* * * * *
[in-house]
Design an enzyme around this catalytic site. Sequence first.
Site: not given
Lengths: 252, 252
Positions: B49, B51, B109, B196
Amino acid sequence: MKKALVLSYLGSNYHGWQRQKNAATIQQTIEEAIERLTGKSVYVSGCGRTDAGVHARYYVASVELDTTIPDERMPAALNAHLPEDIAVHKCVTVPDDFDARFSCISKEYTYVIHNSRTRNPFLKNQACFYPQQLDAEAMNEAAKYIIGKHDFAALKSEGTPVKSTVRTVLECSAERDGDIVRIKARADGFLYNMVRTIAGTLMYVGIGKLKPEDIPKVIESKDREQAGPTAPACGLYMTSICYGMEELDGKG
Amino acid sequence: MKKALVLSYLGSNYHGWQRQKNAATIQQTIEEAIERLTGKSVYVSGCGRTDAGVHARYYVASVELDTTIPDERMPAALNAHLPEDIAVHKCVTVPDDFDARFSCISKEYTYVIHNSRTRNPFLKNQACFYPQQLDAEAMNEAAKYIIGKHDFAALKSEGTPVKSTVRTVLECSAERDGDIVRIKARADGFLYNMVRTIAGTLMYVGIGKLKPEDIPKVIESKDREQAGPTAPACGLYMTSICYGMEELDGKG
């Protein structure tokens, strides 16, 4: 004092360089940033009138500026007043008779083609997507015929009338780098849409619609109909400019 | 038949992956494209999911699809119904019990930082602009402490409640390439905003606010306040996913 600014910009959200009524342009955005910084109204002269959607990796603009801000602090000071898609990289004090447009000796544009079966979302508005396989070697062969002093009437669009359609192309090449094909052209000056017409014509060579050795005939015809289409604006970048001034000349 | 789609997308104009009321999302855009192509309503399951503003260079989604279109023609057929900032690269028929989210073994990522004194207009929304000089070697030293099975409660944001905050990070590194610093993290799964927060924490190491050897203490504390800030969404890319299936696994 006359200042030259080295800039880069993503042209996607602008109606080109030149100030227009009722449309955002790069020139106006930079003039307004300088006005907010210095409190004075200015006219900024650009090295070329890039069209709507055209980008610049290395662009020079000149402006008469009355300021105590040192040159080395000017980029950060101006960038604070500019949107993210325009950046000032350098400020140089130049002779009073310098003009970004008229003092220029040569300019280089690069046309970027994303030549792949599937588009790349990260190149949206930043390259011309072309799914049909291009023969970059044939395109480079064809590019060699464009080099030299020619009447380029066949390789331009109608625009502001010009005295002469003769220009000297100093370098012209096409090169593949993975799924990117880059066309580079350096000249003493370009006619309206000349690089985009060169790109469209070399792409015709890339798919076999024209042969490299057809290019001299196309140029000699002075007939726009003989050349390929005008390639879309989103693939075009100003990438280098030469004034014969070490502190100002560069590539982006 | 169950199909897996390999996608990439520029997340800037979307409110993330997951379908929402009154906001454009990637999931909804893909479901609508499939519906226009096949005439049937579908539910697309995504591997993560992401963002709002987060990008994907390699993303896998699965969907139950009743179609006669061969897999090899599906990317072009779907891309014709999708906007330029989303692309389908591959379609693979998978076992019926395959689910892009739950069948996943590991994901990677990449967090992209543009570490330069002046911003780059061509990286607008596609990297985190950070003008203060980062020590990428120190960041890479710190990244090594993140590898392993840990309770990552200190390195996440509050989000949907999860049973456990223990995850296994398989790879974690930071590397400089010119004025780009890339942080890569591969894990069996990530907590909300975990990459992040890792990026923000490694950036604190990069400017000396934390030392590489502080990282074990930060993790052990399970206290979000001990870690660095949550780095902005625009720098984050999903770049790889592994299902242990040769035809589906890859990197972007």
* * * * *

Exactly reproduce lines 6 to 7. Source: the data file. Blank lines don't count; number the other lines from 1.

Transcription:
Amino acid sequence: MKKALVLSYLGSNYHGWQRQKNAATIQQTIEEAIERLTGKSVYVSGCGRTDAGVHARYYVASVELDTTIPDERMPAALNAHLPEDIAVHKCVTVPDDFDARFSCISKEYTYVIHNSRTRNPFLKNQACFYPQQLDAEAMNEAAKYIIGKHDFAALKSEGTPVKSTVRTVLECSAERDGDIVRIKARADGFLYNMVRTIAGTLMYVGIGKLKPEDIPKVIESKDREQAGPTAPACGLYMTSICYGMEELDGKG
Amino acid sequence: MKKALVLSYLGSNYHGWQRQKNAATIQQTIEEAIERLTGKSVYVSGCGRTDAGVHARYYVASVELDTTIPDERMPAALNAHLPEDIAVHKCVTVPDDFDARFSCISKEYTYVIHNSRTRNPFLKNQACFYPQQLDAEAMNEAAKYIIGKHDFAALKSEGTPVKSTVRTVLECSAERDGDIVRIKARADGFLYNMVRTIAGTLMYVGIGKLKPEDIPKVIESKDREQAGPTAPACGLYMTSICYGMEELDGKG